The library was nothing like how we had left it. After inching our way through the tunnels that led to it, we waited and watched. Beyond the odd scavenging rodent, nothing else moved. Eventually, Peter indicated that a group of five should move in accompanied by himself. I held back with the others. It must have been over half an hour before they returned.
“They’ve trashed it. They had a number of bonfires for the books. Almost all of them are beyond repair.”
He put his hand in a leather pouch he must have picked up and brought out a book.
“This, I think, is one that you were reading isn’t it, Adam?”
He put the book into my open palms and smiled.
I stared in amazement at it. It was the Diary of Ann Frank and it had escaped the burning.
“How?” I tried to say, but my throat had stiffened.
“I don’t know. I found it under a reading desk. It was just lying there. Anyone could have seen it.”
I lifted it to my face to smell its familiar cover. Smoke had managed to work its way into the pages, but it only added to its value; it was as an acrid reminder of just how close it must have come to extinction. I thought about the young girl who documented the persecution, who was hounded from her life and then finally, ignominiously cut off from existence. It seemed to me that here, with this book, she had finally outwitted her would-be killers; she had found a different escape and ultimately a rebirth.
Peter was off somewhere searching and I waited in the shell of that once great place of learning. What glee they must have experienced as they smashed and tore and burned. A shiver of rage ran through me and I thought about the role my brother would have played in it. He never bothered to hide his hatred of books or…I thought about it…me.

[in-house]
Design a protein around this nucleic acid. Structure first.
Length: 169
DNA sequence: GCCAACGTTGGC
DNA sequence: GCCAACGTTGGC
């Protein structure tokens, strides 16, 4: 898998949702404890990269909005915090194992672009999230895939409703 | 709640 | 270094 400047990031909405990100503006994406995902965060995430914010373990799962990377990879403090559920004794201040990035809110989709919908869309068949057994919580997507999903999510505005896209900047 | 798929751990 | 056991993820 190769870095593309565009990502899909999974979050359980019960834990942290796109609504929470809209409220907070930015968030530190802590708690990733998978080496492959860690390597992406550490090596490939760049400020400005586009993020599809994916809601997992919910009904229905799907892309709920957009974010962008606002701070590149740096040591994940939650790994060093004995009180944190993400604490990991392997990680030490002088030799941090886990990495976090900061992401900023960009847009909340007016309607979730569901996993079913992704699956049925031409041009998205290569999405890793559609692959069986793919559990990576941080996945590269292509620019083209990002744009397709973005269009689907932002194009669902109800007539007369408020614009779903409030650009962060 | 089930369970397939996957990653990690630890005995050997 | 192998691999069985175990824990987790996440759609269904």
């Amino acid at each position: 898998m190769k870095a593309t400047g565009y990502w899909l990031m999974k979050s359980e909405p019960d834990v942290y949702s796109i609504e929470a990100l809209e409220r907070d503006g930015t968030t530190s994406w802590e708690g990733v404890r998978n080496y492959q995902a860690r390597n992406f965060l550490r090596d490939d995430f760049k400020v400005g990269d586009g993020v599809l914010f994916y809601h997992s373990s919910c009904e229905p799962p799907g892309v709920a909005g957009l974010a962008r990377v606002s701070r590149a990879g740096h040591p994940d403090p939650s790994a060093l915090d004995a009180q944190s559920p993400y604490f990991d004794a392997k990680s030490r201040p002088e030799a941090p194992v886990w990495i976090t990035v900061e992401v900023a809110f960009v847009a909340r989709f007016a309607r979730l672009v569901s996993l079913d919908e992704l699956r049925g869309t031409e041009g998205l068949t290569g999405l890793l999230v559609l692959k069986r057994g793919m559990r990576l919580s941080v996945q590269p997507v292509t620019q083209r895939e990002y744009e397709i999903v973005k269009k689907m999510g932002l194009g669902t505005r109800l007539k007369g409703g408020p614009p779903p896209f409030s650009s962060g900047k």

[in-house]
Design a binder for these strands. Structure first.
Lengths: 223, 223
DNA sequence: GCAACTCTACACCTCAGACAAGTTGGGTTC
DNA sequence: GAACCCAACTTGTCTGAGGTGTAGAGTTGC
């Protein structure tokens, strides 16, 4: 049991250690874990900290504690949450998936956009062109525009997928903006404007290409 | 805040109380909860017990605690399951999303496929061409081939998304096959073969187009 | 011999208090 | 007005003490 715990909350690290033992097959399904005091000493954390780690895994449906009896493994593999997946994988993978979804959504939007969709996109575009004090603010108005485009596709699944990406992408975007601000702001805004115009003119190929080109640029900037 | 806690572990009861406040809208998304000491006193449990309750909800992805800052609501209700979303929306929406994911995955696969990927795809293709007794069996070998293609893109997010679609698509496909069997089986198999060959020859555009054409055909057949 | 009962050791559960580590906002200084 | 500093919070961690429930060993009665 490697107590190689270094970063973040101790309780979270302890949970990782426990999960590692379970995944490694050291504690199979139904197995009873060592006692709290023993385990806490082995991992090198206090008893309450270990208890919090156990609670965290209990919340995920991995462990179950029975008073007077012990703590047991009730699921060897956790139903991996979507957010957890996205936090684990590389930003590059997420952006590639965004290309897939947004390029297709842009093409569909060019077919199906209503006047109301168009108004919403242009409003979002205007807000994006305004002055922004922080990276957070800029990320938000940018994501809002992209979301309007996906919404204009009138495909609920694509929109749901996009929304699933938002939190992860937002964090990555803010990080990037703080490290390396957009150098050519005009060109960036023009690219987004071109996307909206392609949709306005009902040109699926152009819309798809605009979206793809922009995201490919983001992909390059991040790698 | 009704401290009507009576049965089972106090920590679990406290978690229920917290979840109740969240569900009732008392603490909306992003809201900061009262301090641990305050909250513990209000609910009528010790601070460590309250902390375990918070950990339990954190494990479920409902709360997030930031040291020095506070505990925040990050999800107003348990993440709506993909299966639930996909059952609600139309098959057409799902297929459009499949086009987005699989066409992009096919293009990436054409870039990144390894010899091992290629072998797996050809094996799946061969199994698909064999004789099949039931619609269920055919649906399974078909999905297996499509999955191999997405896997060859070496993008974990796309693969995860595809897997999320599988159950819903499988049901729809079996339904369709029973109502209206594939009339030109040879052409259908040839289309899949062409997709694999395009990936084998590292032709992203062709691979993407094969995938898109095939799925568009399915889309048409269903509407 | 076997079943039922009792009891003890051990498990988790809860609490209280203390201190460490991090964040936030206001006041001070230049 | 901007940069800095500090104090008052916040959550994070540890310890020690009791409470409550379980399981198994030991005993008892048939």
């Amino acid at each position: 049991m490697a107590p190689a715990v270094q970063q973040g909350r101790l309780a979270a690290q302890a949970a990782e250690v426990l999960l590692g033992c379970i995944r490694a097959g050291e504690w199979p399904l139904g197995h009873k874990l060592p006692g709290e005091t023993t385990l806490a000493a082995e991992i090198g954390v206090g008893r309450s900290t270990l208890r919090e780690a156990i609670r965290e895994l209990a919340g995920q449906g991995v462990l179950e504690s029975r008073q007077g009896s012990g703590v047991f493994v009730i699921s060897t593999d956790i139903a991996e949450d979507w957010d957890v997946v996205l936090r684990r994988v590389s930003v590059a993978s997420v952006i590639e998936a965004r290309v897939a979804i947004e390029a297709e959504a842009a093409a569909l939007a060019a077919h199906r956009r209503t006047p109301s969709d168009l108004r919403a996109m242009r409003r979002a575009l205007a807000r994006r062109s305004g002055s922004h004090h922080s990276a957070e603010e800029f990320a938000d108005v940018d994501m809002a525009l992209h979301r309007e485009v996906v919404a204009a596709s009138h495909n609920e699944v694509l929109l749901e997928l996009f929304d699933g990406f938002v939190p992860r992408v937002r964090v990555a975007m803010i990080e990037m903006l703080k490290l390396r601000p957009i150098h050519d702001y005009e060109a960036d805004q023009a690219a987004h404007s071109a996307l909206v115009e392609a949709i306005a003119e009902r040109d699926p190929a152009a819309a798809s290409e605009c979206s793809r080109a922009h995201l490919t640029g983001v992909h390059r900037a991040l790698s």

I remembered those looks, the ones he saved for me at the gym. Pure hatred. And now he had Evie and that caused a ripple of dread to spread through my being. Now she would be at his mercy and I knew the quality of his mercy.
I turned to see a triumphant Peter holding a roll of paper aloft.
“What is it?”
“Mother kept these hidden. Only I knew what they were and where she had placed them. She made me promise that I would keep it secret until the proper time. Only at the proper time.”
“And what time was that?”
“A time like now.”
“So, what are they?”
Peter sighed before explaining.
“I don’t know for sure but they seem to be plans for some type of machine. I say machine, but it looks more like a building, a factory like the one in which we found the car.”
“Factory,” I said, thinking about it as if for the first time.
I remembered the building that I passed everyday going to and from the Academy. It was a huge, faceless structure surrounded by great brick walls that were crowned with barbed wire. The gates were automatically controlled and the only people allowed access were the TTs and the officials. It had become part of the scenery of my life, a part that I had ceased to question. In that way, it was like so many of the other features of life under The Family.
From Absent Without Learning. The Story of Adam.